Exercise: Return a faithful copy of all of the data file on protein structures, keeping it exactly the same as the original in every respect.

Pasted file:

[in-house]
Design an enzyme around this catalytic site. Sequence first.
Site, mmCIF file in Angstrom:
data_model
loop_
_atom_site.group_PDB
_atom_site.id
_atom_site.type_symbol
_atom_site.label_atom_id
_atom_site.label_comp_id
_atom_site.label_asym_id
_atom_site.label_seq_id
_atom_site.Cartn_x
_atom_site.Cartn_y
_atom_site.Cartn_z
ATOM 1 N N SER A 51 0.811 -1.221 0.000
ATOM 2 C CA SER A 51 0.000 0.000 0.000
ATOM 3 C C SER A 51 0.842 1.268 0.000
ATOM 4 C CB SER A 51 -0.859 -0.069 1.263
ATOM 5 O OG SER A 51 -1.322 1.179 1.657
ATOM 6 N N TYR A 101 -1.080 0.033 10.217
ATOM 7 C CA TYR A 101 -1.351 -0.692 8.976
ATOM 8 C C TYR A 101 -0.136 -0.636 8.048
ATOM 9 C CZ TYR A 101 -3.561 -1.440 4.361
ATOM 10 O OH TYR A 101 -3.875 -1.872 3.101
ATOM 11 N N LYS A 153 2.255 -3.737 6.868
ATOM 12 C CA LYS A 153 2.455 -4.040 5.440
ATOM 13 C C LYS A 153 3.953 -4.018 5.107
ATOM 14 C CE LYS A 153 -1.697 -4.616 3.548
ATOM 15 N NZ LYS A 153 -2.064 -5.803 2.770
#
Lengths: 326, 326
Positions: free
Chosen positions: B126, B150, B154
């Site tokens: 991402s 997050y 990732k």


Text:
[in-house]
Design an enzyme around this catalytic site. Sequence first.
Site, mmCIF file in Angstrom:
data_model
loop_
_atom_site.group_PDB
_atom_site.id
_atom_site.type_symbol
_atom_site.label_atom_id
_atom_site.label_comp_id
_atom_site.label_asym_id
_atom_site.label_seq_id
_atom_site.Cartn_x
_atom_site.Cartn_y
_atom_site.Cartn_z
ATOM 1 N N SER A 51 0.811 -1.221 0.000
ATOM 2 C CA SER A 51 0.000 0.000 0.000
ATOM 3 C C SER A 51 0.842 1.268 0.000
ATOM 4 C CB SER A 51 -0.859 -0.069 1.263
ATOM 5 O OG SER A 51 -1.322 1.179 1.657
ATOM 6 N N TYR A 101 -1.080 0.033 10.217
ATOM 7 C CA TYR A 101 -1.351 -0.692 8.976
ATOM 8 C C TYR A 101 -0.136 -0.636 8.048
ATOM 9 C CZ TYR A 101 -3.561 -1.440 4.361
ATOM 10 O OH TYR A 101 -3.875 -1.872 3.101
ATOM 11 N N LYS A 153 2.255 -3.737 6.868
ATOM 12 C CA LYS A 153 2.455 -4.040 5.440
ATOM 13 C C LYS A 153 3.953 -4.018 5.107
ATOM 14 C CE LYS A 153 -1.697 -4.616 3.548
ATOM 15 N NZ LYS A 153 -2.064 -5.803 2.770
#
Lengths: 326, 326
Positions: free
Chosen positions: B126, B150, B154
């Site tokens: 991402s 997050y 990732k």